This weekend my fiancé, Niece, and I made a trip to the Wings Over The Rockies Air and Space Museum. I have always loved aircraft of all kinds and since childhood, I have dreamed of becoming a pilot, so any trip to an air and space museum is a special one.
I didn’t realize this before our move to Denver, but Colorado has a long and rich history in the aerospace industry, and we actually live not far from where the Stanley Aviation Company and the Stapleton Airport used to be.
During our visit, I also had the opportunity to put the Canon EOS R and RF 24-105mm F/4 through their paces. The hanger’s mixed lighting made things a little tricky and the packed hanger meant shooting at narrower apertures was a must to keep everything in focus.
For most of my shots, I found myself shooting between 24mm and 50mm at either F/4.0 or F/8.0, while keeping my shutter speed around 1/30 of a second. Even still, I often found myself having to push my ISO as high as 3200.
Here are some of the highlights from our visit:
Vought A-7D Corsair II
First introduced in 1967, the A-7 Corsair II was an American-made light attack aircraft built by the Ling-Temco-Vought company. The plane replaced the aging A-4 Skyhawk.
The aircraft was known to carry the CBU -58 Cluster bomb, which was capable of dispersing 650 smaller bomblets, the AIM-9 air-to-air heat seeker and the MK 82 Snake Eye Bomb, which featured four folding fins that slowed the bomb, giving the pilot more time to escape the blast radius.
North American Aviation F-86H Sabre
The F-86 Sabre first took flight in 1947 and officially entered service in the United States Air Force in 1949. The plane featured a swept-wing design that enabled to counter the Soviet MiG-15 in high-speed dogfights during the Korean War, where it saw extensive service.
The H variant, shown here, was converted into a fighter-bomber and featured the low altitude bombing system, otherwise known as LABS. This computer system would have allowed the pilot to release a nuclear bomb while flying away from the target.
However, like all Sabres, the F-86H featured the same four nose-mounted 20mm cannons.
One feature of the Sabre I wasn’t previously aware of was the plane’s air brakes, which allowed it to quickly slow down. Whether or not this was ever used by pilots to “tap the breaks and fly right by” as Maverik in Top Gun used to say, I don’t know.
Douglas B-18 Bolo Bomber
I do love me some stainless steel, especially when it comes to aircraft, so it should come as no surprise that the Douglas B-18 Bolo bomber was a favorite during my visit.
The medium bomber entered service in 1936 and largely served the U.S. Army Air Corps and Royal Canadian Air Force throughout the 1930s and 1940s.
During WWII, the plane was used in antisubmarine, transport and training roles.
Lockheed F-104 Starfighter
The Starfighter is as distinctive as it is mired in controversy. The plane was at the center of a bribery scandal in which Lockheed paid out millions to secure the plane’s place in allied air forces.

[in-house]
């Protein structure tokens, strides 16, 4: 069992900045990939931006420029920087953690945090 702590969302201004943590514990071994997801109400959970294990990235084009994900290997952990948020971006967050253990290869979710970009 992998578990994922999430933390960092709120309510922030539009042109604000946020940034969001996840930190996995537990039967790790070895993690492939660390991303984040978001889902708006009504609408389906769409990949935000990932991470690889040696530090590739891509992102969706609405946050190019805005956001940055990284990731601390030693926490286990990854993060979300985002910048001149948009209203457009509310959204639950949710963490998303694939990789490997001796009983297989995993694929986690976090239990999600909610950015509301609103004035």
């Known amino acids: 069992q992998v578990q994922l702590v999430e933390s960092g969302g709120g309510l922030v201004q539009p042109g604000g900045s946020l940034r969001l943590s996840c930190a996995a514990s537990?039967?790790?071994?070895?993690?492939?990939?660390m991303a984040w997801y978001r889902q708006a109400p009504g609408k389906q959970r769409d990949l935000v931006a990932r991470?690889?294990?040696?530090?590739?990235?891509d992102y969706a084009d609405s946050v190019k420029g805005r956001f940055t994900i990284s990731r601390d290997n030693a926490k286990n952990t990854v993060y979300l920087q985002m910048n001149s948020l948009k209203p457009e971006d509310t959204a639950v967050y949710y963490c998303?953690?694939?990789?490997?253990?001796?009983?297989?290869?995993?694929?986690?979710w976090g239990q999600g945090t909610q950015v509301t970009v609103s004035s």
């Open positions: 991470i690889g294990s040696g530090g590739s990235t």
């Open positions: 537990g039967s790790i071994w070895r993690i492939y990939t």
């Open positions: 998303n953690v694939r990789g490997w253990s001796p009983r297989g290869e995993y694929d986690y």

However, worse than the scandal was the plane’s abysmal safety record. In fact, the accident rate in Canada exceeded 46% and still holds the highest accident rate of any Century Series aircraft in USAF.
Despite its horrific record, the plane’s narrow body, distinctive split inlets, and wing-mounted fuel tanks, certainly made it an iconic disaster.
Northrop Grumman EA-6B Prowler
While we’re on the topic of distinctive aircraft, it’s hard not to mention the Northrop EA-6B Prowler. Bulbus and covered in protrusions, the plane almost looks out of place next to the streamlined jet fighters and bombers at the museum.
However, the plane’s design isn’t without purpose. Hidden within its body and hanging from its wings is an armament of electronic countermeasures including high-speed anti-radiation surface-to-air missiles designed to target ground radar installations.
Introduced in 1971 and only just retired earlier this year, the Prowler has served the U.S. Navy and Marine Corps continuously for nearly 50 years.
Grumman F-14 Tomcat
Thanks to the 1986 hit, Top Gun, the Grumman F-14 Tomcat needs no introduction, after all, it is the “highway to the danger zone.”
The supersonic fighter saw service throughout the Cold War as a carrier fighter. Thanks to its variable swept-wing design the craft was incredibly fast, capable of speeds of Mach 2.4, or roughly 1,500 MPH.
Introduced in late 1970, the air superiority fighter served a variety of roles until it was retired in 2006. The aircraft was replaced by the F-18 Super Hornet.
Martin EB-57 Canberra
First built by the English Electric aircraft company in 1951, the Canberra was licensed by the Glen L. Martin Company and served as the United State’s first jet bomber to drop its ordinance on a target.
Rockwell B-1 Lancer
The B-1 Lancer is one of the few aircraft I photographed that are still in service today.
The supersonic strategic nuclear bomber first entered service in 1986 after a protracted development.
Like the much smaller F-14 Tomcat, the B-1 Lancer featured a variable swept-wing design that enabled it to fly at incredibly fast speeds while the plane’s stout airframe allowed it to do so at altitudes well below enemy radar.
Share your thoughts in the comments
- Have you ever been to the Wings Over The Rockies Air and Space Museum?
- How do you think the EOS R performed in these shots?
- What are you shooting with and why?
- Are you a fan of the aerospace industry? If so what is your favorite plane or spacecraft?
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